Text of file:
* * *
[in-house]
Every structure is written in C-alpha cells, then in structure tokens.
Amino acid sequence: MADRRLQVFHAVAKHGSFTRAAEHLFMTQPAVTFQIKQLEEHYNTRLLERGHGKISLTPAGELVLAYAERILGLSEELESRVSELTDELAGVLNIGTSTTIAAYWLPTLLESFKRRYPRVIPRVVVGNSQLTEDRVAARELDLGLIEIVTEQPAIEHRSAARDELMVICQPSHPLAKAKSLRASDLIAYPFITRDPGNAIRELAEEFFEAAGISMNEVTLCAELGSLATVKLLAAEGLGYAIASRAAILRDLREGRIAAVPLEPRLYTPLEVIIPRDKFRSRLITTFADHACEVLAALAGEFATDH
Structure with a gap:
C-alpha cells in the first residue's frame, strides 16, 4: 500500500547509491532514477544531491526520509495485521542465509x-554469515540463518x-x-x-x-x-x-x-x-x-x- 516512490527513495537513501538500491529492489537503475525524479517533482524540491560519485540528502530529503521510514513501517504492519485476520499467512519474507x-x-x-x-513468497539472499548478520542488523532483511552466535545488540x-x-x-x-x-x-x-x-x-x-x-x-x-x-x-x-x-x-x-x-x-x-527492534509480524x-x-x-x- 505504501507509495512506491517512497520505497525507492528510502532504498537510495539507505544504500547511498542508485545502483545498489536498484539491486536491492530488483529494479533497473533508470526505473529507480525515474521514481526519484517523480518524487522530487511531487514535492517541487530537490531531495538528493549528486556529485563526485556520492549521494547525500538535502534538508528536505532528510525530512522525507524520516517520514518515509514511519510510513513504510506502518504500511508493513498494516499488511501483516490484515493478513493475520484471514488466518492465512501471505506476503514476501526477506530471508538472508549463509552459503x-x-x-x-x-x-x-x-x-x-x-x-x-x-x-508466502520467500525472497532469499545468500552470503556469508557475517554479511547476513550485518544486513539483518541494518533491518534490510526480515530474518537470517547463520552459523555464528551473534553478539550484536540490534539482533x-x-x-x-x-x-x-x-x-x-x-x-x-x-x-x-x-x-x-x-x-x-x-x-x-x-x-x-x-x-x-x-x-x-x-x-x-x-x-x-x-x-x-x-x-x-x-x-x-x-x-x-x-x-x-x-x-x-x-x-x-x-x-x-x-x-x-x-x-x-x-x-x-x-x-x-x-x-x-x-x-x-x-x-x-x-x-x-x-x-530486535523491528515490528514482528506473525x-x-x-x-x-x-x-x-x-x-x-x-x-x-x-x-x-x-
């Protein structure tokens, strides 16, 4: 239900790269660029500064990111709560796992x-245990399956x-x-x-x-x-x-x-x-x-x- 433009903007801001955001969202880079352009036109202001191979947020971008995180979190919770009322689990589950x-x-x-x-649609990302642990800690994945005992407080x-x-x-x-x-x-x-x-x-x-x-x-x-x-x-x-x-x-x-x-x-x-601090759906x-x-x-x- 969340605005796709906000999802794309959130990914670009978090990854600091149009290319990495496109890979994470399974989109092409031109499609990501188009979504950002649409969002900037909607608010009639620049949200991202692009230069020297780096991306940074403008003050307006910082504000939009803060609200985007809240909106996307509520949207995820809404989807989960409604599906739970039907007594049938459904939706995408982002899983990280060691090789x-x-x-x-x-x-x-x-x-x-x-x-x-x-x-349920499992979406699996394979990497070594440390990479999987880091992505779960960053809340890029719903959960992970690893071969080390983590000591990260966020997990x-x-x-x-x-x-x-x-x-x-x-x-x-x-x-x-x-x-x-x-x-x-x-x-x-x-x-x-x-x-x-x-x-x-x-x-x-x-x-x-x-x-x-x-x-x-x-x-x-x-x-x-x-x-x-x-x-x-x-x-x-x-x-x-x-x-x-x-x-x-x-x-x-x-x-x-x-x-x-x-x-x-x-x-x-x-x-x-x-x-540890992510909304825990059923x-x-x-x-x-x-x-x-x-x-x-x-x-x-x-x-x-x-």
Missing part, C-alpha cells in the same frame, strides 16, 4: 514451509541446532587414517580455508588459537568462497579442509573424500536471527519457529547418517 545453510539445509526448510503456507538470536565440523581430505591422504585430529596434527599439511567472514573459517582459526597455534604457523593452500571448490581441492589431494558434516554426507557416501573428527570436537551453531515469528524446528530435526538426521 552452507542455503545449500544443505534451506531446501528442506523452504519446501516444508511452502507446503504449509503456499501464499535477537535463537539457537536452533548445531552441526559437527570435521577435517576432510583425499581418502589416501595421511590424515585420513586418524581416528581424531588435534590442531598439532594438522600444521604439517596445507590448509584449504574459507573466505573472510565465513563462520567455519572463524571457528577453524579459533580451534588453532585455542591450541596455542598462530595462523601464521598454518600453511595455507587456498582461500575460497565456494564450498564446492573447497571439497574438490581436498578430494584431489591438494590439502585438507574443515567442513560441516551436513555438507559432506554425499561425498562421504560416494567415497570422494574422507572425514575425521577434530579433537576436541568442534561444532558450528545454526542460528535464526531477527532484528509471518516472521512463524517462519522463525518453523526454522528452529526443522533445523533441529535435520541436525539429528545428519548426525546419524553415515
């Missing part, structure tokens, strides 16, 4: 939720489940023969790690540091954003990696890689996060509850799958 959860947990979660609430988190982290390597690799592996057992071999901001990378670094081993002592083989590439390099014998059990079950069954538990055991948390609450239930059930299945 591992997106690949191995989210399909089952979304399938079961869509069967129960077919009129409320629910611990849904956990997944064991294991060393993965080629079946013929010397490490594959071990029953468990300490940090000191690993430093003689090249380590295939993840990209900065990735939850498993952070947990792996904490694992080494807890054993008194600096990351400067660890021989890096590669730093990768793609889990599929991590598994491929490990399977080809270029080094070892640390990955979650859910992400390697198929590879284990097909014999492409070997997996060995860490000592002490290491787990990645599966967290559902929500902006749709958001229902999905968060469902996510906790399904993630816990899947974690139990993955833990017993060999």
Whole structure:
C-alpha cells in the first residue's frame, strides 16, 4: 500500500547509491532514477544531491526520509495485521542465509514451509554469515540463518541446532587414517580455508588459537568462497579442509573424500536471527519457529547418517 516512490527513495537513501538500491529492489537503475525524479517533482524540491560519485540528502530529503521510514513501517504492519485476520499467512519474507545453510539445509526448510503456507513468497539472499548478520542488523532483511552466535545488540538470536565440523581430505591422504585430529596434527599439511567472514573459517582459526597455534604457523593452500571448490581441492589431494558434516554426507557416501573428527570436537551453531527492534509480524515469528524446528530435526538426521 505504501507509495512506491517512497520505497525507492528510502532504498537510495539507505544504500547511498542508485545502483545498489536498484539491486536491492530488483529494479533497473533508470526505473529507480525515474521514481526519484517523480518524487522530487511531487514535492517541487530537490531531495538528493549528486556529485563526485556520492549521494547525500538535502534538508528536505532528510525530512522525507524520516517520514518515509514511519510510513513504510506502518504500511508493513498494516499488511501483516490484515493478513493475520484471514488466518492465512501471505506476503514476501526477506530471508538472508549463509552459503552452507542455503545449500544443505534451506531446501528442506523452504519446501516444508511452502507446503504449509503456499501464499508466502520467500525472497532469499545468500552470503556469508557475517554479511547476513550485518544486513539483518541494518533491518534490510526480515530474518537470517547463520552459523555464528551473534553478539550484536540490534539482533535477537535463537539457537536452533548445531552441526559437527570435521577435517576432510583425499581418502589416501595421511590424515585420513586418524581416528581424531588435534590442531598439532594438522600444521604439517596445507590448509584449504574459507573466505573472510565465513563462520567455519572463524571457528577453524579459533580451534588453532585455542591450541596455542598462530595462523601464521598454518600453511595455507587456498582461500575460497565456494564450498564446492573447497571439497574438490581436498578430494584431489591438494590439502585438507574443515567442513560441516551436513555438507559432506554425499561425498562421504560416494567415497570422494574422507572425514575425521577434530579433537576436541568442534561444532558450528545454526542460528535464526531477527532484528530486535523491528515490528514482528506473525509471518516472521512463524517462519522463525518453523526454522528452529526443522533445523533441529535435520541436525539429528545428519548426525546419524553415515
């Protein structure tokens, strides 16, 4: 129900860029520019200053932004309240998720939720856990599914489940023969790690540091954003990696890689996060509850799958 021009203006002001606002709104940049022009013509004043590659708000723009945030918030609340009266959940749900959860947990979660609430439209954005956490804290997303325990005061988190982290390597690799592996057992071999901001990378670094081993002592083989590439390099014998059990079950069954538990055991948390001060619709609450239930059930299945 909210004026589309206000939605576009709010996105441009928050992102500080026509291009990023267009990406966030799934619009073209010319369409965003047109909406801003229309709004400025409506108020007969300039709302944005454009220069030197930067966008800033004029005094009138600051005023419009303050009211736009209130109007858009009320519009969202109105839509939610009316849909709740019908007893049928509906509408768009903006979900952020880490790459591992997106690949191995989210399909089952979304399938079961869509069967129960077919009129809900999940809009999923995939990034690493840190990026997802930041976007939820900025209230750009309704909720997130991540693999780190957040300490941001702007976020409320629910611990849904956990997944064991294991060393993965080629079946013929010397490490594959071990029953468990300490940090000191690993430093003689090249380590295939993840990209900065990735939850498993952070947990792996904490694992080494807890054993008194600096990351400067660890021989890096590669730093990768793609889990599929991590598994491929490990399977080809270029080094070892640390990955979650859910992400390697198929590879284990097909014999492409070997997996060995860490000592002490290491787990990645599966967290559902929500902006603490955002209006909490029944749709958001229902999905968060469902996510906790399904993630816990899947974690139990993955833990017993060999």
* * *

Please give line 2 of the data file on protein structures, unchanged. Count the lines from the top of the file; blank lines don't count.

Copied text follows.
Every structure is written in C-alpha cells, then in structure tokens.